In management courses, they used to be fond of showing folks a sketch of the face of an old crone. You were told to look very hard at it, and if you did, you eventually saw that instead of a wizened face, the lines on the page depicted a stylish young woman wearing a becoming hat. Or maybe you saw the young woman first, and had to look hard for the crone.
The point is, you were learning a lesson, we were told, about perspective, about seeing what was before you through a different lens. It’s a great skill to master, if you can train yourself to do it.
See the frame on this mirror?
It used to be gold. Bought it years ago to adorn a bedroom wall, which it dutifully did for decades. But it got displaced. Its bedroom got sold out from under it, poor thing, and it found itself turned sidewise and stored, neglected, in a corner of the new digs, where it couldn’t seem to find a place for itself. New bedroom? Not enough wall space. And the wrong colour. Dining room? A bit heavy. And the wrong colour. Living room? Wrong style…and wrong colour. Hallway? Lots of space. Wrong colour. Hm.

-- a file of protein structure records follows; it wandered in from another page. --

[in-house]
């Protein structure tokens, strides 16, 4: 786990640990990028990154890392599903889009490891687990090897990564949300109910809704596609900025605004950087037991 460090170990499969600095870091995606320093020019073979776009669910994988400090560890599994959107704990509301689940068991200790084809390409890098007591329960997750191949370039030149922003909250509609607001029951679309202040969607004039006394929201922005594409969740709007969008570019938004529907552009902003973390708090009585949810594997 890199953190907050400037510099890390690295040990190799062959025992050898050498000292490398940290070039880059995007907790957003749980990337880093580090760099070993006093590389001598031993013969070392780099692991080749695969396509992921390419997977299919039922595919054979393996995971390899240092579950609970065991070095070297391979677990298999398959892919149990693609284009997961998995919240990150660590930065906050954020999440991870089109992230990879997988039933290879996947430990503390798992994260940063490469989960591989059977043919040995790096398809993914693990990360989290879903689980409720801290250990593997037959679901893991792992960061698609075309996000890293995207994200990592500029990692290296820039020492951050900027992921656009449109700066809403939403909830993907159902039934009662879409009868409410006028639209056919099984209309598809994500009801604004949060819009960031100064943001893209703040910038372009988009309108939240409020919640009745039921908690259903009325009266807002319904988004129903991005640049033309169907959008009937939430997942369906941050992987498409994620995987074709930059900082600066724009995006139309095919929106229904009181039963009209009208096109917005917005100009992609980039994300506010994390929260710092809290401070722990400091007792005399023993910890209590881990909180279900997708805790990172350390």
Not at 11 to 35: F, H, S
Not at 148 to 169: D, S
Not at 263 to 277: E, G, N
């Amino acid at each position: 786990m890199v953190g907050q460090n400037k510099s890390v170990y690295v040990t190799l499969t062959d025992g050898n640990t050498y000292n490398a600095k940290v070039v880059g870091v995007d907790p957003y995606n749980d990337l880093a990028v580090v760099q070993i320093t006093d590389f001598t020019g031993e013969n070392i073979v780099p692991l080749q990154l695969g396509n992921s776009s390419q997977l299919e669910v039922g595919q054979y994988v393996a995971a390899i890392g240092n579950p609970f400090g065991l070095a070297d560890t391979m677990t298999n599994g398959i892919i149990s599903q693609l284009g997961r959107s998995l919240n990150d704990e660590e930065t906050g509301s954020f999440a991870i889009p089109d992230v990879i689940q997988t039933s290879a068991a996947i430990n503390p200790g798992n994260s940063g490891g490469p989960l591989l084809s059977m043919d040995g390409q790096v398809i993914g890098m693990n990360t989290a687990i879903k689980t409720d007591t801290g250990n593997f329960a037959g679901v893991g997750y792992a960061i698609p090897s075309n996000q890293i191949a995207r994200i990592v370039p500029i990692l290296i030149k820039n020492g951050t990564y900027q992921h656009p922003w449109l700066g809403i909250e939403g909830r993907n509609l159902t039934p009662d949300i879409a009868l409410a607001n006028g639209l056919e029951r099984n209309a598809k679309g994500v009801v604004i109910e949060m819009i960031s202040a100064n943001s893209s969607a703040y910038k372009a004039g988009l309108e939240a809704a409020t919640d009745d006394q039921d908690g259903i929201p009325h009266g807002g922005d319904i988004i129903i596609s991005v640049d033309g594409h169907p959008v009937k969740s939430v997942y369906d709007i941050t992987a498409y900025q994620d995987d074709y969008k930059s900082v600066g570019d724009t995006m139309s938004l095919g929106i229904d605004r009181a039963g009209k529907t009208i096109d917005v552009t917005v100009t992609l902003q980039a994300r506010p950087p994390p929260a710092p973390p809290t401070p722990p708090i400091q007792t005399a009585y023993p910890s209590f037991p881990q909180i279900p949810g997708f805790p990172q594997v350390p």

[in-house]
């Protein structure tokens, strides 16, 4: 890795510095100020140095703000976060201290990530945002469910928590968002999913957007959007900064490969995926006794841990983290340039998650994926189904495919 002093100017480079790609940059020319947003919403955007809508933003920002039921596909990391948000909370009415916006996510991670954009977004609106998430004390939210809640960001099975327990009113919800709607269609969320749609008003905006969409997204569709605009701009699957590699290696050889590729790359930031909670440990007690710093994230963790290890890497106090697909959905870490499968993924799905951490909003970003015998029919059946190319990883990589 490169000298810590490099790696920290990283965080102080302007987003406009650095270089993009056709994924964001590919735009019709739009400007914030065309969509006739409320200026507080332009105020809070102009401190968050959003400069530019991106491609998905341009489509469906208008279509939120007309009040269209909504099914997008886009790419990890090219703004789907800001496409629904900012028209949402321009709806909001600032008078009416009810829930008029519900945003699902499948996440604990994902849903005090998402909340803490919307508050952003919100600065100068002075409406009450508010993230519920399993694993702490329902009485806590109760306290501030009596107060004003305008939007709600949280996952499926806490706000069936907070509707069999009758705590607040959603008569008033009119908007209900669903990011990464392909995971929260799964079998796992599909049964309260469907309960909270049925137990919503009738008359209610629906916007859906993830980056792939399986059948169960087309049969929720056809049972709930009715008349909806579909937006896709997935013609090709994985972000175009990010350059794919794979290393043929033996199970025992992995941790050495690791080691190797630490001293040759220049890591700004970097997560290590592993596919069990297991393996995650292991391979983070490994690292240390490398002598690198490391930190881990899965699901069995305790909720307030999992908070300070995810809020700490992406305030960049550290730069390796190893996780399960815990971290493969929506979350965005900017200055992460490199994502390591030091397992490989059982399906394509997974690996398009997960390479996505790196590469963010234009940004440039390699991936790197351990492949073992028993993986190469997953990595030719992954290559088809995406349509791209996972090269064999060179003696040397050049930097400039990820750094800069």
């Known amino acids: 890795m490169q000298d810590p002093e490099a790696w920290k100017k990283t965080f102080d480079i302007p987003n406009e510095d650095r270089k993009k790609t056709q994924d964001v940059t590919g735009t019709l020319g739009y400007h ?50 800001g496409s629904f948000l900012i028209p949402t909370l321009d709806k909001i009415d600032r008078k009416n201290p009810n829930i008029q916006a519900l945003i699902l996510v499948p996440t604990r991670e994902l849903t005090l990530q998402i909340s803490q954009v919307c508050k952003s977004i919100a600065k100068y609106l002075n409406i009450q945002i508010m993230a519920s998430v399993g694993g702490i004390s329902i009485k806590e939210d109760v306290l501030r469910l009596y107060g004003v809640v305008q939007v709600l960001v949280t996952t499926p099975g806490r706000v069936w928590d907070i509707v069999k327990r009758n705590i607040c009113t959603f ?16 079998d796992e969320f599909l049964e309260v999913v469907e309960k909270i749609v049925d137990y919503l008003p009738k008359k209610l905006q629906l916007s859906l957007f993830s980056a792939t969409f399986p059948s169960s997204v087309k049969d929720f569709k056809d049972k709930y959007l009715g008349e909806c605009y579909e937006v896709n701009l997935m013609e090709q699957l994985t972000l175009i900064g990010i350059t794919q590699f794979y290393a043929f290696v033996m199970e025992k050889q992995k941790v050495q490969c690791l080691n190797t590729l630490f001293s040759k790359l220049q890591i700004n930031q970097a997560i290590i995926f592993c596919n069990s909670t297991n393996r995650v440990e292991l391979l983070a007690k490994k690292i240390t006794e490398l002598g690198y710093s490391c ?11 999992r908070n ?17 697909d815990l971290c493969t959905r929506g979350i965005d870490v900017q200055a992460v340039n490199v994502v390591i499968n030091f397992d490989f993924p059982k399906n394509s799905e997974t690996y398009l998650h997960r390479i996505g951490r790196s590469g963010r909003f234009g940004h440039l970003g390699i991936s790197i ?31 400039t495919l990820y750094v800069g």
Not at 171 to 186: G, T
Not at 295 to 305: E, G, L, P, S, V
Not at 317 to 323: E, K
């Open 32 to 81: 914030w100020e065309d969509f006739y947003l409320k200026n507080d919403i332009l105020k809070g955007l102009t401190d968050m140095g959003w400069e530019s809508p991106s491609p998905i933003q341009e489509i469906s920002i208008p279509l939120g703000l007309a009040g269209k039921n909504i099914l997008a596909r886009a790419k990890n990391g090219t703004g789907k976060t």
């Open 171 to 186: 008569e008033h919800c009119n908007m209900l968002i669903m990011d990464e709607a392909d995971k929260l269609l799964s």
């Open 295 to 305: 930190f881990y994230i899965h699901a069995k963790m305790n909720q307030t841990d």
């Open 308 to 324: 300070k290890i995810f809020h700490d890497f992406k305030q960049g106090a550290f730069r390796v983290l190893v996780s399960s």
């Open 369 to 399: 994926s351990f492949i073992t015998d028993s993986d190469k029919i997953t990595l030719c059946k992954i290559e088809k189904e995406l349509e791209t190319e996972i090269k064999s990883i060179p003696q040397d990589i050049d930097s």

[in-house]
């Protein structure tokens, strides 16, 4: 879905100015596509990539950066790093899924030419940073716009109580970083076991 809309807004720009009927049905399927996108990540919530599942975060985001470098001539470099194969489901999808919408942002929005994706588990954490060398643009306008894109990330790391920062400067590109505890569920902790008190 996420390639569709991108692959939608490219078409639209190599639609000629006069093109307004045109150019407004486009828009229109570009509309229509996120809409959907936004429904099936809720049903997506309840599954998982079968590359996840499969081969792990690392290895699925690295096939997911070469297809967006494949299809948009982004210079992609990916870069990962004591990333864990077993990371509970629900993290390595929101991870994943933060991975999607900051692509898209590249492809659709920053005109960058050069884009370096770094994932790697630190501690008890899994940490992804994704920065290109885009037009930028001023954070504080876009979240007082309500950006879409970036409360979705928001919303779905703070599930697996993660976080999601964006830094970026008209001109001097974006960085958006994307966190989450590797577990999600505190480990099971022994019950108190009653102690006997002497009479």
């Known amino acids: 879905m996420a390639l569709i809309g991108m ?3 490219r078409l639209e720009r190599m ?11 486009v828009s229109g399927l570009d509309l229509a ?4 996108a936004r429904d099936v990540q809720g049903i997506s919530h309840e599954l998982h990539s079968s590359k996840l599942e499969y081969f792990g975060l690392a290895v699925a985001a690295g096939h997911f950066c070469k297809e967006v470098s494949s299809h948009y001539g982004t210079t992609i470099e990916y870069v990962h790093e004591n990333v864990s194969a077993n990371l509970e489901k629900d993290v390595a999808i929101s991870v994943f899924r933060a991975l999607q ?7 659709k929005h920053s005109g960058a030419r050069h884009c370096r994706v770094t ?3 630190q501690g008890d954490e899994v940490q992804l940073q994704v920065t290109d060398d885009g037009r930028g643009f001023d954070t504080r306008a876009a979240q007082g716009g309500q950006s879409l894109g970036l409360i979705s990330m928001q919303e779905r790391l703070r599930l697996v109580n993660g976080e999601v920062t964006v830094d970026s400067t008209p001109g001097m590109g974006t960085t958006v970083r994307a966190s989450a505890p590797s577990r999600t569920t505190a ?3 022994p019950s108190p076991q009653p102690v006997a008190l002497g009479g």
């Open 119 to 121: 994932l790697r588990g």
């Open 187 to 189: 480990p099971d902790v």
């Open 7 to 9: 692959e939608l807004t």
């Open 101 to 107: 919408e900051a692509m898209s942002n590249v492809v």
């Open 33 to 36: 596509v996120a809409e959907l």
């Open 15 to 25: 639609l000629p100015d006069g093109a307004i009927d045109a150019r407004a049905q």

Once you can nail down what’s just not working in a piece you’ve written, it, too, becomes a much easier problem to fix. First, leave it alone. Don’t look at it for a few days. Going back to it with fresh eyes often helps you spot what’s out of whack. And then, apply a new lens. Maybe you’re telling it from the wrong point of view? If it’s in a female perspective, try a male. If from an adult’s viewpoint, try a child’s. If it’s passive, make it active. Maybe the language isn’t appropriate for the story. Too flowery? Too simple? Too vulgar? Too proper?
Turns out my mirror needed to be silver. Check it out. Now it fits right in!
Has a change in perspective helped you turn something around? Please share!